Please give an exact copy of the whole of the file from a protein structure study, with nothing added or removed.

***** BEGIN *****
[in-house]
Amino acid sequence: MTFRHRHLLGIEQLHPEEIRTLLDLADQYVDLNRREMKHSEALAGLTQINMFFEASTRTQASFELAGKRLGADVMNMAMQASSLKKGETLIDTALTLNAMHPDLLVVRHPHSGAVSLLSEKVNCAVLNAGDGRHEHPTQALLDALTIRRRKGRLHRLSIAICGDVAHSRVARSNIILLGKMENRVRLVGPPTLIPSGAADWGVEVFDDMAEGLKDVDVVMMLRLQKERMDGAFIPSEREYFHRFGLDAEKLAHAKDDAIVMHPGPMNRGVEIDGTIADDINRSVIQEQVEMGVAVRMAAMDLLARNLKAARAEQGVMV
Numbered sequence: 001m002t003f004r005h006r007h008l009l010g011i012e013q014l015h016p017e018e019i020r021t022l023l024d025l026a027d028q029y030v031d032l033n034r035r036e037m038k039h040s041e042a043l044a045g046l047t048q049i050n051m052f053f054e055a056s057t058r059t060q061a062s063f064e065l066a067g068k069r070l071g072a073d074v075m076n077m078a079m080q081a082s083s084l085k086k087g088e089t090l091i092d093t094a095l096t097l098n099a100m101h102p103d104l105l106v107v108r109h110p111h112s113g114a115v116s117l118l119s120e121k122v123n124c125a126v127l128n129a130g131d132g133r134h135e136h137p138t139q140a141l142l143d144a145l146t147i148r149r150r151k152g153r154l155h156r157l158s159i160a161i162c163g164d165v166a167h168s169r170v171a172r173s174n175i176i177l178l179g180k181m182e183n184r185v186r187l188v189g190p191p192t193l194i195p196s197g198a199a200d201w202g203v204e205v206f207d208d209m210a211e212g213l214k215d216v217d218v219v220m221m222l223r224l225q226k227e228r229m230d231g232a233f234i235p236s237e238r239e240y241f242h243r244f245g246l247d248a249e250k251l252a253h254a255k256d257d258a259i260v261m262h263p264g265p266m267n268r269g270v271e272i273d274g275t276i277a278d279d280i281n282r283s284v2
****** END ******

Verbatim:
[in-house]
Amino acid sequence: MTFRHRHLLGIEQLHPEEIRTLLDLADQYVDLNRREMKHSEALAGLTQINMFFEASTRTQASFELAGKRLGADVMNMAMQASSLKKGETLIDTALTLNAMHPDLLVVRHPHSGAVSLLSEKVNCAVLNAGDGRHEHPTQALLDALTIRRRKGRLHRLSIAICGDVAHSRVARSNIILLGKMENRVRLVGPPTLIPSGAADWGVEVFDDMAEGLKDVDVVMMLRLQKERMDGAFIPSEREYFHRFGLDAEKLAHAKDDAIVMHPGPMNRGVEIDGTIADDINRSVIQEQVEMGVAVRMAAMDLLARNLKAARAEQGVMV
Numbered sequence: 001m002t003f004r005h006r007h008l009l010g011i012e013q014l015h016p017e018e019i020r021t022l023l024d025l026a027d028q029y030v031d032l033n034r035r036e037m038k039h040s041e042a043l044a045g046l047t048q049i050n051m052f053f054e055a056s057t058r059t060q061a062s063f064e065l066a067g068k069r070l071g072a073d074v075m076n077m078a079m080q081a082s083s084l085k086k087g088e089t090l091i092d093t094a095l096t097l098n099a100m101h102p103d104l105l106v107v108r109h110p111h112s113g114a115v116s117l118l119s120e121k122v123n124c125a126v127l128n129a130g131d132g133r134h135e136h137p138t139q140a141l142l143d144a145l146t147i148r149r150r151k152g153r154l155h156r157l158s159i160a161i162c163g164d165v166a167h168s169r170v171a172r173s174n175i176i177l178l179g180k181m182e183n184r185v186r187l188v189g190p191p192t193l194i195p196s197g198a199a200d201w202g203v204e205v206f207d208d209m210a211e212g213l214k215d216v217d218v219v220m221m222l223r224l225q226k227e228r229m230d231g232a233f234i235p236s237e238r239e240y241f242h243r244f245g246l247d248a249e250k251l252a253h254a255k256d257d258a259i260v261m262h263p264g265p266m267n268r269g270v271e272i273d274g275t276i277a278d279d280i281n282r283s284v2